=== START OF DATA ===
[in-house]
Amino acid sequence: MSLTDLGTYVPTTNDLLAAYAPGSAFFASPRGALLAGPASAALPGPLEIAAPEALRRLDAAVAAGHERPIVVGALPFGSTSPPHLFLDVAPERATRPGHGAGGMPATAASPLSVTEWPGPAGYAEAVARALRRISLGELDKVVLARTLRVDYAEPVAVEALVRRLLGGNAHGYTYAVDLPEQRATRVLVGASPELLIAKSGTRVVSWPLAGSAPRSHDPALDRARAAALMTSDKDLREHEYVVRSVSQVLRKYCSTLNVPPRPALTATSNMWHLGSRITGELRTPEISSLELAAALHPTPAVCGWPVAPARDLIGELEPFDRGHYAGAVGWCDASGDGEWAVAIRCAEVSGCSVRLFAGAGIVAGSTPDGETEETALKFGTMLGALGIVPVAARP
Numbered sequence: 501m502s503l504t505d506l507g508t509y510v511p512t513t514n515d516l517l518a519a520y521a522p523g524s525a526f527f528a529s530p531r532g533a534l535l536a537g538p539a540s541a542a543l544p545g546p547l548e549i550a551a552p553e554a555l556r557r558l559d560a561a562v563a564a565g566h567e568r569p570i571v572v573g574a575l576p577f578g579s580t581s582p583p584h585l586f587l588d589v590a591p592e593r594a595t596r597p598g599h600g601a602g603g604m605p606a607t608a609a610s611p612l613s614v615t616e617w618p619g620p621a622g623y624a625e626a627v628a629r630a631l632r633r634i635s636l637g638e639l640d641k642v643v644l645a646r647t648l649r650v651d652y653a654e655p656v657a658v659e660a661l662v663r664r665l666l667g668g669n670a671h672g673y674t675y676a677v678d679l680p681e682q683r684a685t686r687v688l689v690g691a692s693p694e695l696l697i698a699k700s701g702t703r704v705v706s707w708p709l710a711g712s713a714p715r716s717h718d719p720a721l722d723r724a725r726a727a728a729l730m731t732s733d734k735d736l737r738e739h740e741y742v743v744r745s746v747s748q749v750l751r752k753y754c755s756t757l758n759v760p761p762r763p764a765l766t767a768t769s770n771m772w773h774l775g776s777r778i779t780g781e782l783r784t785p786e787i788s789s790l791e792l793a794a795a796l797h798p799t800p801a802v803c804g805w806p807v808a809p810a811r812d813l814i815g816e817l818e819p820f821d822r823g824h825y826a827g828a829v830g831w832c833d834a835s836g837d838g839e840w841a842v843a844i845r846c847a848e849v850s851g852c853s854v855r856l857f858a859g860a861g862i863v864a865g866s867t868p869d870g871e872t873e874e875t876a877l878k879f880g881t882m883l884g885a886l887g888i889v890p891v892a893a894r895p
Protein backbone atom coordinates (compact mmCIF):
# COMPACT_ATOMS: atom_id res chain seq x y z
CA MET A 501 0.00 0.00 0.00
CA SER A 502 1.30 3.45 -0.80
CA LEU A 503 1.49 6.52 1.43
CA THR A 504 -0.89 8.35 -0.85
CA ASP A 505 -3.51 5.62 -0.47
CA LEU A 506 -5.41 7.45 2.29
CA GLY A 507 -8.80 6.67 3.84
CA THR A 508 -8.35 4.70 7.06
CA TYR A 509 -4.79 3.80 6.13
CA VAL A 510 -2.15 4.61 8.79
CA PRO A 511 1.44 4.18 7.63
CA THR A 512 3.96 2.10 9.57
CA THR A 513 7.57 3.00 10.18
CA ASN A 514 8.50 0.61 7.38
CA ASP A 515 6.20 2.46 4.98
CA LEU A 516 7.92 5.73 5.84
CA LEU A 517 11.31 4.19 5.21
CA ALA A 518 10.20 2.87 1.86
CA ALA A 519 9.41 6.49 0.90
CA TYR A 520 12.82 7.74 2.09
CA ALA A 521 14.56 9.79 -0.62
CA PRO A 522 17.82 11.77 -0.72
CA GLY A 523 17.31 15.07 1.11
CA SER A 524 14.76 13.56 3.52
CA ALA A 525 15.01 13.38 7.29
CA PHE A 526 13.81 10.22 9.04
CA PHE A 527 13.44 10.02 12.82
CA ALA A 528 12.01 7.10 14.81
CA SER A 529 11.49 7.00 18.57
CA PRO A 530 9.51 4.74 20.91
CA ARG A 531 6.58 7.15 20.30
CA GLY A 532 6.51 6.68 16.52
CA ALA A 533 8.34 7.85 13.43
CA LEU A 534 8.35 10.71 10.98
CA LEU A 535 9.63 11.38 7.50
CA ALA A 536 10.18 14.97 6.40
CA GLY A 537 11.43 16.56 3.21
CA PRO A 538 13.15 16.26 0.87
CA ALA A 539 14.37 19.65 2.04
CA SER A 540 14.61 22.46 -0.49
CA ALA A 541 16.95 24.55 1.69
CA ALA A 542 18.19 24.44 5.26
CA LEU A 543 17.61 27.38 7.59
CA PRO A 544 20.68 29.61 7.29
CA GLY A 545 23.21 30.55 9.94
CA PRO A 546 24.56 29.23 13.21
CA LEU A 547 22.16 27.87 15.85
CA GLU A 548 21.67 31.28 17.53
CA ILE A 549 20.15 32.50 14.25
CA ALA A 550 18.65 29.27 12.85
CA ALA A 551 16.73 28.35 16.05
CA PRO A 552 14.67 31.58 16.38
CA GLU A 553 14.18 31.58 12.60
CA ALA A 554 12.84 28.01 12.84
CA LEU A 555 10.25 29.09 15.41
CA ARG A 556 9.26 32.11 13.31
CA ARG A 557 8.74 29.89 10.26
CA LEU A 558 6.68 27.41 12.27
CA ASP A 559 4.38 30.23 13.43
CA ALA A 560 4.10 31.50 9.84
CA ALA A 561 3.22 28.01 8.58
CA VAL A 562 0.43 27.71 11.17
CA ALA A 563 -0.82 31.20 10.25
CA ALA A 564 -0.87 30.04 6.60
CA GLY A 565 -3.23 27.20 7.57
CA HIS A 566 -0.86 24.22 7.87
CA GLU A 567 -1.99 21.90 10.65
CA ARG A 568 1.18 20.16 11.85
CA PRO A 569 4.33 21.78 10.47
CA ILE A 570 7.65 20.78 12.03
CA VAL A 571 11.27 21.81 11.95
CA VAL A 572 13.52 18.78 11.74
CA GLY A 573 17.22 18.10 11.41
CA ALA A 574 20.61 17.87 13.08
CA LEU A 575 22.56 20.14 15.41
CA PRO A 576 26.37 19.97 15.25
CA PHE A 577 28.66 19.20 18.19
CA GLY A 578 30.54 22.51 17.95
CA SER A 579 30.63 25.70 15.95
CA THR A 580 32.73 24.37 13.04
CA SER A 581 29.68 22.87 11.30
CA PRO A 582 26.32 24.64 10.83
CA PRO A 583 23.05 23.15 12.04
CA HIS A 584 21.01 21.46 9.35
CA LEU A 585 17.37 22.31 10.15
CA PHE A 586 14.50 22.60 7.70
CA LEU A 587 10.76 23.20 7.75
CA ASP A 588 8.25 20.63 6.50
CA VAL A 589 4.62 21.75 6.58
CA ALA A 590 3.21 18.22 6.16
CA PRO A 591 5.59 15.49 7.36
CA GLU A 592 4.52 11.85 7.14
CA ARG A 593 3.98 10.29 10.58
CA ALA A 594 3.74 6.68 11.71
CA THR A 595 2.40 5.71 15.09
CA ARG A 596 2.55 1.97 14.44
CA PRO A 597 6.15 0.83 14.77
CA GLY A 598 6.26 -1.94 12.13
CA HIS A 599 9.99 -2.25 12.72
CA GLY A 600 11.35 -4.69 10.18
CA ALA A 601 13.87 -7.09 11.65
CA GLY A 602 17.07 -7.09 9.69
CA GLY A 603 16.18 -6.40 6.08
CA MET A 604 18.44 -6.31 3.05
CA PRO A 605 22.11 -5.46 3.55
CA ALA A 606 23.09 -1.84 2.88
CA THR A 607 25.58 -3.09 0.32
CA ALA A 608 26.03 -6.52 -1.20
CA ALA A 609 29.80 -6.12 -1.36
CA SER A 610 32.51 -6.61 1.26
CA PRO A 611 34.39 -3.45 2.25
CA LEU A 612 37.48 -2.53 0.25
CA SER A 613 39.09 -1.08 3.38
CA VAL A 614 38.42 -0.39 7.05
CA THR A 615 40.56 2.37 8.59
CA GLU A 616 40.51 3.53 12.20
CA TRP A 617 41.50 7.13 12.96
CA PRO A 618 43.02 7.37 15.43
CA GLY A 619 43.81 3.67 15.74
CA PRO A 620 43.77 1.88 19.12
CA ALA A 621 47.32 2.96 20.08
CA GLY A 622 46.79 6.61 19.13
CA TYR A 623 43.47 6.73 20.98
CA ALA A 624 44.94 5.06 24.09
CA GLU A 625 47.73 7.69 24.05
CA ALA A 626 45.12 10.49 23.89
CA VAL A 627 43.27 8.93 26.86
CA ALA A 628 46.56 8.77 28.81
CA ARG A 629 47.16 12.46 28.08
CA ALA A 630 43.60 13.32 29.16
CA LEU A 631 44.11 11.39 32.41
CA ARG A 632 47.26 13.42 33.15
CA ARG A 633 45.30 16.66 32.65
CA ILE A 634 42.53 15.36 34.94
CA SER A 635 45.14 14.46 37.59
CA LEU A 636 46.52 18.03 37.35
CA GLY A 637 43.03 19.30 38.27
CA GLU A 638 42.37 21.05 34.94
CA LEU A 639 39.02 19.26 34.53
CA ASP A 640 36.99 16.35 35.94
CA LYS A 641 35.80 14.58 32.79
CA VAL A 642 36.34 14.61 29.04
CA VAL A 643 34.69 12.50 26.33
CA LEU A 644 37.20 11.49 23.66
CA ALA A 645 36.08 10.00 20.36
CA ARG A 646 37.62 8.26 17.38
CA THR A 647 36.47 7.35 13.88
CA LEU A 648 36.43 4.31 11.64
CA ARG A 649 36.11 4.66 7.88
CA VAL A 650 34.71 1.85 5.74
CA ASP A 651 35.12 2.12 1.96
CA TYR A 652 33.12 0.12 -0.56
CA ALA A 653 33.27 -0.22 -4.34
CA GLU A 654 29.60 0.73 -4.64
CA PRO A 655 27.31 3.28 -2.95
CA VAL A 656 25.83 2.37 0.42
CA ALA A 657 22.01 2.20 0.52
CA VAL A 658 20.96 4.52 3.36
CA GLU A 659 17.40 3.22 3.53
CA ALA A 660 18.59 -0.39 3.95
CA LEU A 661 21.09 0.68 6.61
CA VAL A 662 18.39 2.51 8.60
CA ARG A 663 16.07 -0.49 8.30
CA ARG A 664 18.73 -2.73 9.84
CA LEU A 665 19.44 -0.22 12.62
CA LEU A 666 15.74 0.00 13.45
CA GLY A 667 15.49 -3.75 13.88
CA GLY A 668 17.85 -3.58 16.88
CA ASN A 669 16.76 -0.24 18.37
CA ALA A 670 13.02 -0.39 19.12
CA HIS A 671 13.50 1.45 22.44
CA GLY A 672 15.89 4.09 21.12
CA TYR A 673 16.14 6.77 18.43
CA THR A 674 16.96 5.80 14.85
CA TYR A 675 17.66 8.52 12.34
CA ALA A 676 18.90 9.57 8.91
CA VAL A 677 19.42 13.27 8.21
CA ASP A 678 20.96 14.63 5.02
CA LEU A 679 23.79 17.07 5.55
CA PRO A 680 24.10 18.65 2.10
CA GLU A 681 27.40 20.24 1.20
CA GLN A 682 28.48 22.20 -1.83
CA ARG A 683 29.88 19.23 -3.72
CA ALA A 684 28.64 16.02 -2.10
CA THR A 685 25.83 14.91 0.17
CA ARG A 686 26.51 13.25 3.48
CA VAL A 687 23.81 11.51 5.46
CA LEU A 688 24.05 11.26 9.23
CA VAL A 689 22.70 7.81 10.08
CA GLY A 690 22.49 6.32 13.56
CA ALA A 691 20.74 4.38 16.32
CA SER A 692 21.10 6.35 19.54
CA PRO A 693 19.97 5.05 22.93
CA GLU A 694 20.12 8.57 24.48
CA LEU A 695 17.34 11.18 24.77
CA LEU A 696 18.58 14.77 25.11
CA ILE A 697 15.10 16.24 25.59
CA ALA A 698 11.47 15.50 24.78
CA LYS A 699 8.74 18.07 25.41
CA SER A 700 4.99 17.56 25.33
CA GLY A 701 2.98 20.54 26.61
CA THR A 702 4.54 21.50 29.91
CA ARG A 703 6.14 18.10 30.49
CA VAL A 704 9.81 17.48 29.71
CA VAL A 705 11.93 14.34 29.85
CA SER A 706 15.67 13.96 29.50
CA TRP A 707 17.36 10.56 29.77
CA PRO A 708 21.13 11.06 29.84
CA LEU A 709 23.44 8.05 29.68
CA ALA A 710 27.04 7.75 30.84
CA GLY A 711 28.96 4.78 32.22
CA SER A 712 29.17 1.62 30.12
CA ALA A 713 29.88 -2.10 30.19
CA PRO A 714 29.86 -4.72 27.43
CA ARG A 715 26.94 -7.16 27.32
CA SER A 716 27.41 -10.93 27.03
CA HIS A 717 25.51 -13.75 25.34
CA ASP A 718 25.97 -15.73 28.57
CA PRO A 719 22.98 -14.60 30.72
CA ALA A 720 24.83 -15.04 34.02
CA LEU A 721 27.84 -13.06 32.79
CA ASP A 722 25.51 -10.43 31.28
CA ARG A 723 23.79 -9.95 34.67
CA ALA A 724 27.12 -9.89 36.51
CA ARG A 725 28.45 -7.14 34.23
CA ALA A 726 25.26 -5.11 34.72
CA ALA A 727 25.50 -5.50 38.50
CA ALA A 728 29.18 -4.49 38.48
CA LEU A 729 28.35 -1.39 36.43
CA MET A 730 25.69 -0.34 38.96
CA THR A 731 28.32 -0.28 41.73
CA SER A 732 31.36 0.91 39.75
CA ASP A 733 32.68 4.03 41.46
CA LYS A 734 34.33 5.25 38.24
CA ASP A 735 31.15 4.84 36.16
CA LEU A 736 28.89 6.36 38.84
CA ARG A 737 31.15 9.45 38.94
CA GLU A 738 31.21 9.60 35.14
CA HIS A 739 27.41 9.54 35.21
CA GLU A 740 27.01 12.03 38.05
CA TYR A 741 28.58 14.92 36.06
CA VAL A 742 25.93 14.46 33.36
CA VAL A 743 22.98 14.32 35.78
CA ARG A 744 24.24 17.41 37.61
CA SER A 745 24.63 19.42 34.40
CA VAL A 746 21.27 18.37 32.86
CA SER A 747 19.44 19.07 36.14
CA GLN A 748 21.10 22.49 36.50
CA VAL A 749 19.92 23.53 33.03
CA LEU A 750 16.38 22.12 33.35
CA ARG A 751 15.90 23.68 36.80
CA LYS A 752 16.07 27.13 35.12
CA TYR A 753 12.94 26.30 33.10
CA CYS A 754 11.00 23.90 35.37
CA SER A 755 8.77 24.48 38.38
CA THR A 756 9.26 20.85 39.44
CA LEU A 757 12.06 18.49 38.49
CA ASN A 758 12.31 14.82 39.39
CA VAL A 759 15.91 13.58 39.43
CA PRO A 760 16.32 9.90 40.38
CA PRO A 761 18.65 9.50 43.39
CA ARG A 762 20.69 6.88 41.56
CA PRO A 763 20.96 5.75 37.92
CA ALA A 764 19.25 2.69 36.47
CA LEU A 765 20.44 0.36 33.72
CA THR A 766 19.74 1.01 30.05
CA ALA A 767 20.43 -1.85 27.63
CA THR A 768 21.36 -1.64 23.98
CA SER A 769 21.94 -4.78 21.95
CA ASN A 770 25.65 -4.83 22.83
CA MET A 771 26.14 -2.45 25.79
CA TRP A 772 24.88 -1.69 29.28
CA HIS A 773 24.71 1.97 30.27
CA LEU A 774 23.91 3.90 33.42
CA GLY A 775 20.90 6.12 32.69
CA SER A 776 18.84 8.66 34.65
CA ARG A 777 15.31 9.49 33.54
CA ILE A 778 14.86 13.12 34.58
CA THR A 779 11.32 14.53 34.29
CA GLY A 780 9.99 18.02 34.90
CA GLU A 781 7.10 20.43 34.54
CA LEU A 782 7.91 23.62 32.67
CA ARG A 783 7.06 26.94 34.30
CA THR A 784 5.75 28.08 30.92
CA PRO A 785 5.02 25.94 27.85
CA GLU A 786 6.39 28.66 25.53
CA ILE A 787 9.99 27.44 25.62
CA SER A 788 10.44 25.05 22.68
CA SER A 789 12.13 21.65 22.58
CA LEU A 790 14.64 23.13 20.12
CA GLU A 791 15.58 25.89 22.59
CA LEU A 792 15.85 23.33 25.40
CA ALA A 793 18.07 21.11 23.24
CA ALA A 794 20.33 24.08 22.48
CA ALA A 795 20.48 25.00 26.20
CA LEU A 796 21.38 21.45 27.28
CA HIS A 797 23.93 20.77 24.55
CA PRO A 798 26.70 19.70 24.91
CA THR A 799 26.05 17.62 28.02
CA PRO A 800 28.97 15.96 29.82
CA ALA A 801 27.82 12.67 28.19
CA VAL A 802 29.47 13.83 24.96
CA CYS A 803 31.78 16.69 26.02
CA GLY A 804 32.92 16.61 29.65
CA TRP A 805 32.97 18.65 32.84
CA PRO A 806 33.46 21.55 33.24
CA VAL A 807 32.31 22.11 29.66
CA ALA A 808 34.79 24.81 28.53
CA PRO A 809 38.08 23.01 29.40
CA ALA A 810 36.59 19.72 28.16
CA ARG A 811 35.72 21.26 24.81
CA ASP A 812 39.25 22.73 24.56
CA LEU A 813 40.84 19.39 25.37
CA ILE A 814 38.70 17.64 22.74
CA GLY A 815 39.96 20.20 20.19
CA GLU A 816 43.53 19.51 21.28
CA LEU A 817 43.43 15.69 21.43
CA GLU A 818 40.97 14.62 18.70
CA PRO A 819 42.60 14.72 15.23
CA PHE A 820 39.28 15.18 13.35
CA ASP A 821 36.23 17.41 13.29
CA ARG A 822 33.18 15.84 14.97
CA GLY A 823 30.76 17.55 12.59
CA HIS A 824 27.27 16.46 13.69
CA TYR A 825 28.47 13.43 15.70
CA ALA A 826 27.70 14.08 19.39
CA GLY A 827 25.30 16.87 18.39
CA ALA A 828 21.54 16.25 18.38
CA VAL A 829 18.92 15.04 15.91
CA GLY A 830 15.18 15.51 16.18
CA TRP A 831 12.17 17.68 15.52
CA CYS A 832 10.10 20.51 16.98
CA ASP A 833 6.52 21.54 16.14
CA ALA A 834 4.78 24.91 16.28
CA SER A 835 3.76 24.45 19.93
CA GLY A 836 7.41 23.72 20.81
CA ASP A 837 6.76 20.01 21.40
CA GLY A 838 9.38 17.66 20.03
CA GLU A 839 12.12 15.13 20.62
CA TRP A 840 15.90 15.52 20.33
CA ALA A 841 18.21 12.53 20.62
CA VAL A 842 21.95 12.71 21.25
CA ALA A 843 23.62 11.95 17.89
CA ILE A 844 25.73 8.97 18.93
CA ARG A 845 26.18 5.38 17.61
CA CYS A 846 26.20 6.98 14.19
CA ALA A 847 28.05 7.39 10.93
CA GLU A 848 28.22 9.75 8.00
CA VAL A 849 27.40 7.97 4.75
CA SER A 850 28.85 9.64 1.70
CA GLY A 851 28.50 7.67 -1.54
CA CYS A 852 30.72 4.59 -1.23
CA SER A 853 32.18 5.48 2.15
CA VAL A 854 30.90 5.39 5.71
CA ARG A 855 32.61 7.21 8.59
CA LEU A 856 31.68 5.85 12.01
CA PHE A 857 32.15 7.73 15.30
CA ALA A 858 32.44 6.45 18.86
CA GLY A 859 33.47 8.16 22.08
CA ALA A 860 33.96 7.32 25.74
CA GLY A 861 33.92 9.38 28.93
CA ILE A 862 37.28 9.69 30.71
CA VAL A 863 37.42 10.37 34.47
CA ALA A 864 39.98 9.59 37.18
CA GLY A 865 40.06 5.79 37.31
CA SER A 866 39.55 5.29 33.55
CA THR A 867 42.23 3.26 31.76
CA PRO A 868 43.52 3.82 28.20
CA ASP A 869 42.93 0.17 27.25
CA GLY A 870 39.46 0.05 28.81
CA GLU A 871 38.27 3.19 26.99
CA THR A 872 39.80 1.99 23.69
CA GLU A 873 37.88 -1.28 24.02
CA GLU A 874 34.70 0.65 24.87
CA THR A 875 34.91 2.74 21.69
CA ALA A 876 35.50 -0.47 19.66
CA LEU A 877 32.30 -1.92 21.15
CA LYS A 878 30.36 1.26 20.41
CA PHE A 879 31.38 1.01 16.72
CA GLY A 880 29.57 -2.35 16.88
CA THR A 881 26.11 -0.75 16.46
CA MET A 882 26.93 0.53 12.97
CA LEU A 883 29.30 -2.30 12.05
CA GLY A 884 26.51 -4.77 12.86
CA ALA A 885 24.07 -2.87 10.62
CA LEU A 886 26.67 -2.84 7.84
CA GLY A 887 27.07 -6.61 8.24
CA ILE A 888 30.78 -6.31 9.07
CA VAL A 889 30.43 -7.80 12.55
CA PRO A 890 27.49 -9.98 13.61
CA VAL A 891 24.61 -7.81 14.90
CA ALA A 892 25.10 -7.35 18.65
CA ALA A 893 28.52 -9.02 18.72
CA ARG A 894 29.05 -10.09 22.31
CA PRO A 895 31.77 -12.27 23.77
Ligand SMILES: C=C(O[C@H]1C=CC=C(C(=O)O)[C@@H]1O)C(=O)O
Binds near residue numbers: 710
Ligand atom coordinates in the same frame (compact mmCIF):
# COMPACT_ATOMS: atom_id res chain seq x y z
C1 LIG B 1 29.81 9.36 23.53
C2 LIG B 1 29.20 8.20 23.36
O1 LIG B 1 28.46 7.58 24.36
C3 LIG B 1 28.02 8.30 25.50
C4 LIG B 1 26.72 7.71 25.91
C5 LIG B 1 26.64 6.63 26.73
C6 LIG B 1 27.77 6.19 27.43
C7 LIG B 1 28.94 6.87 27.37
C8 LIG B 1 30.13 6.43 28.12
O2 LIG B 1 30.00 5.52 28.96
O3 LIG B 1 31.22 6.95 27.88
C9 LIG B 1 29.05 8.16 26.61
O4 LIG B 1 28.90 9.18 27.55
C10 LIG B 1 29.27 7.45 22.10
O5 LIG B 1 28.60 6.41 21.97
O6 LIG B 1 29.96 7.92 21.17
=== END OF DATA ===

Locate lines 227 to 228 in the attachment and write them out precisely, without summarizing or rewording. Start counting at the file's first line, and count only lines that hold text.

CA ASP A 722 25.51 -10.43 31.28
CA ARG A 723 23.79 -9.95 34.67